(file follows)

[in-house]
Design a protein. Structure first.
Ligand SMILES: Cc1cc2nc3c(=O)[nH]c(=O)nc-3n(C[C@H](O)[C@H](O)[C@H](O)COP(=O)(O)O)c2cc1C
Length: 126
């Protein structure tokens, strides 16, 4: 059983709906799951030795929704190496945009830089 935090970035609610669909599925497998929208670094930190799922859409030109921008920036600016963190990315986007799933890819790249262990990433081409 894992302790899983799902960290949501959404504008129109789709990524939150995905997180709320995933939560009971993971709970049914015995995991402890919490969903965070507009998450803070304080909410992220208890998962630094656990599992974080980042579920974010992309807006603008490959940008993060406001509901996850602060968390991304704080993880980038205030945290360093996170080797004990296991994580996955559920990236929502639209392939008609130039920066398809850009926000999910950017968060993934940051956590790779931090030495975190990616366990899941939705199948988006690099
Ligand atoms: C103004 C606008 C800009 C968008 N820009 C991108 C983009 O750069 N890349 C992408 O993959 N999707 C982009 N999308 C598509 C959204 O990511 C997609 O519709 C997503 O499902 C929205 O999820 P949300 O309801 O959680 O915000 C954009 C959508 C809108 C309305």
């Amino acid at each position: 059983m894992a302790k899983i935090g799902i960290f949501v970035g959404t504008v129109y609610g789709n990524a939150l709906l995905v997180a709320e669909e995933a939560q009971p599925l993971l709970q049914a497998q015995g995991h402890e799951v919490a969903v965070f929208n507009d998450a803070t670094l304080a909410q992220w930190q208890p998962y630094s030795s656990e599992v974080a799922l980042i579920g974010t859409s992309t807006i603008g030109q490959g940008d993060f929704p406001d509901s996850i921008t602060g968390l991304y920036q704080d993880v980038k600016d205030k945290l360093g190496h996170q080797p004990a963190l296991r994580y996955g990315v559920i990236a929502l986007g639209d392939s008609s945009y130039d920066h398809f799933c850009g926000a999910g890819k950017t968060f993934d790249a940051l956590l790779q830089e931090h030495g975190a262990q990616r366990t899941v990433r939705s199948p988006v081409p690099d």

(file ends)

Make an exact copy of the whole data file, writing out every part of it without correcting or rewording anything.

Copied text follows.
[in-house]
Design a protein. Structure first.
Ligand SMILES: Cc1cc2nc3c(=O)[nH]c(=O)nc-3n(C[C@H](O)[C@H](O)[C@H](O)COP(=O)(O)O)c2cc1C
Length: 126
């Protein structure tokens, strides 16, 4: 059983709906799951030795929704190496945009830089 935090970035609610669909599925497998929208670094930190799922859409030109921008920036600016963190990315986007799933890819790249262990990433081409 894992302790899983799902960290949501959404504008129109789709990524939150995905997180709320995933939560009971993971709970049914015995995991402890919490969903965070507009998450803070304080909410992220208890998962630094656990599992974080980042579920974010992309807006603008490959940008993060406001509901996850602060968390991304704080993880980038205030945290360093996170080797004990296991994580996955559920990236929502639209392939008609130039920066398809850009926000999910950017968060993934940051956590790779931090030495975190990616366990899941939705199948988006690099
Ligand atoms: C103004 C606008 C800009 C968008 N820009 C991108 C983009 O750069 N890349 C992408 O993959 N999707 C982009 N999308 C598509 C959204 O990511 C997609 O519709 C997503 O499902 C929205 O999820 P949300 O309801 O959680 O915000 C954009 C959508 C809108 C309305």
């Amino acid at each position: 059983m894992a302790k899983i935090g799902i960290f949501v970035g959404t504008v129109y609610g789709n990524a939150l709906l995905v997180a709320e669909e995933a939560q009971p599925l993971l709970q049914a497998q015995g995991h402890e799951v919490a969903v965070f929208n507009d998450a803070t670094l304080a909410q992220w930190q208890p998962y630094s030795s656990e599992v974080a799922l980042i579920g974010t859409s992309t807006i603008g030109q490959g940008d993060f929704p406001d509901s996850i921008t602060g968390l991304y920036q704080d993880v980038k600016d205030k945290l360093g190496h996170q080797p004990a963190l296991r994580y996955g990315v559920i990236a929502l986007g639209d392939s008609s945009y130039d920066h398809f799933c850009g926000a999910g890819k950017t968060f993934d790249a940051l956590l790779q830089e931090h030495g975190a262990q990616r366990t899941v990433r939705s199948p988006v081409p690099d």